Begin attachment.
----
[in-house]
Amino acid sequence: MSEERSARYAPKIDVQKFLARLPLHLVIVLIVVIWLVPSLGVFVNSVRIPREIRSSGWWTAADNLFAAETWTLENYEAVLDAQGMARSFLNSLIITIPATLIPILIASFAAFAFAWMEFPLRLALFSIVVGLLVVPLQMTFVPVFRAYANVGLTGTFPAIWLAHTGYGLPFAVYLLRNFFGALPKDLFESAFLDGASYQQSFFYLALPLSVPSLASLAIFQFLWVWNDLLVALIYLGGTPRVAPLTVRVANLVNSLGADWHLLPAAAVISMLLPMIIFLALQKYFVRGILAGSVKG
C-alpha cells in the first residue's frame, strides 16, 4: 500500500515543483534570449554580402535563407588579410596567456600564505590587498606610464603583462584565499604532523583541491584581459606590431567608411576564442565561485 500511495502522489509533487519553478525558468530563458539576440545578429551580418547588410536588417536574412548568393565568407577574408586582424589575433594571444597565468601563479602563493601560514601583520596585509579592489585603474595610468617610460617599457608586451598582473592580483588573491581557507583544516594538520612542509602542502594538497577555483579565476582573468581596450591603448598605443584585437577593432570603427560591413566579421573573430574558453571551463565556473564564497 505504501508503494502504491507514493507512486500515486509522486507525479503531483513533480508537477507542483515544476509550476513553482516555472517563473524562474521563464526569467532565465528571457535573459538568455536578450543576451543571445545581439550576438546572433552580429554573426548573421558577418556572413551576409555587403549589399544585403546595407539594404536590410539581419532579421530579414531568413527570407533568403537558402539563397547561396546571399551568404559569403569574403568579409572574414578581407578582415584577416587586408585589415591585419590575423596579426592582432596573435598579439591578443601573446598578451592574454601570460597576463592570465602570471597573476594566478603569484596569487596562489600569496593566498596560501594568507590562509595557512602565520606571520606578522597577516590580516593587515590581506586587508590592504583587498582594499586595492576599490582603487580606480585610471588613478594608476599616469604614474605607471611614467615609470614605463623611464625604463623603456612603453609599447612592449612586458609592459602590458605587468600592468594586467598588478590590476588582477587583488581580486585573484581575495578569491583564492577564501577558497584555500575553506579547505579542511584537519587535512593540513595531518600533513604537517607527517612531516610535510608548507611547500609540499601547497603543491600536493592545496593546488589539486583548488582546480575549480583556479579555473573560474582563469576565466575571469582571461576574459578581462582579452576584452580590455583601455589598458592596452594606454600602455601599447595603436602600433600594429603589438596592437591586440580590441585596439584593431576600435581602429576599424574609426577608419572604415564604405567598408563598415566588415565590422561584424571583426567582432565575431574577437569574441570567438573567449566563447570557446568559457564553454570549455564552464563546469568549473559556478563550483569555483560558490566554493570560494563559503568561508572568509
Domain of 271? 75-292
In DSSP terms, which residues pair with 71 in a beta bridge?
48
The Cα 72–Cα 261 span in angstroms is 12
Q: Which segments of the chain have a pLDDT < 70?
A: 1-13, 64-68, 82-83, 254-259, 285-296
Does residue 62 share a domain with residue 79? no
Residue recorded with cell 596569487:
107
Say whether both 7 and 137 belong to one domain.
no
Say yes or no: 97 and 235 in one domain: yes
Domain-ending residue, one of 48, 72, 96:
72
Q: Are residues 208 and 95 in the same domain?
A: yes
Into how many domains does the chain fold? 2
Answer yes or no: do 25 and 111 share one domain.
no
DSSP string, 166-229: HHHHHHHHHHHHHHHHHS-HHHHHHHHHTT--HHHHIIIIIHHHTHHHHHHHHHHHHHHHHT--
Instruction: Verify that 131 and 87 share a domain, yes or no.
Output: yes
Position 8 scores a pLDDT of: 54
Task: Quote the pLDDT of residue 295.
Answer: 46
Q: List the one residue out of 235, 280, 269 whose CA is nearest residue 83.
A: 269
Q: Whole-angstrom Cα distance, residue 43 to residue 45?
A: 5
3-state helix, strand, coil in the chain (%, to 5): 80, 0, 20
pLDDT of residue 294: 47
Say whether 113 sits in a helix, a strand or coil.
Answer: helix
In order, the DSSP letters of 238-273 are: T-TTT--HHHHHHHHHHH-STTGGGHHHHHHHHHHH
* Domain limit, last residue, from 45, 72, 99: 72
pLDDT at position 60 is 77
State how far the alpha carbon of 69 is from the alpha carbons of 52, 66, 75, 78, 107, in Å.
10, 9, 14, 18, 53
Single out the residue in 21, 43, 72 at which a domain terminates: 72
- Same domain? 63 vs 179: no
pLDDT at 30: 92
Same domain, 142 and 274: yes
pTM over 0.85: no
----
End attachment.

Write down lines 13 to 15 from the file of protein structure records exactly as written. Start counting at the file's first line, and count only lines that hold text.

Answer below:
Say whether both 7 and 137 belong to one domain.
no
Say yes or no: 97 and 235 in one domain: yes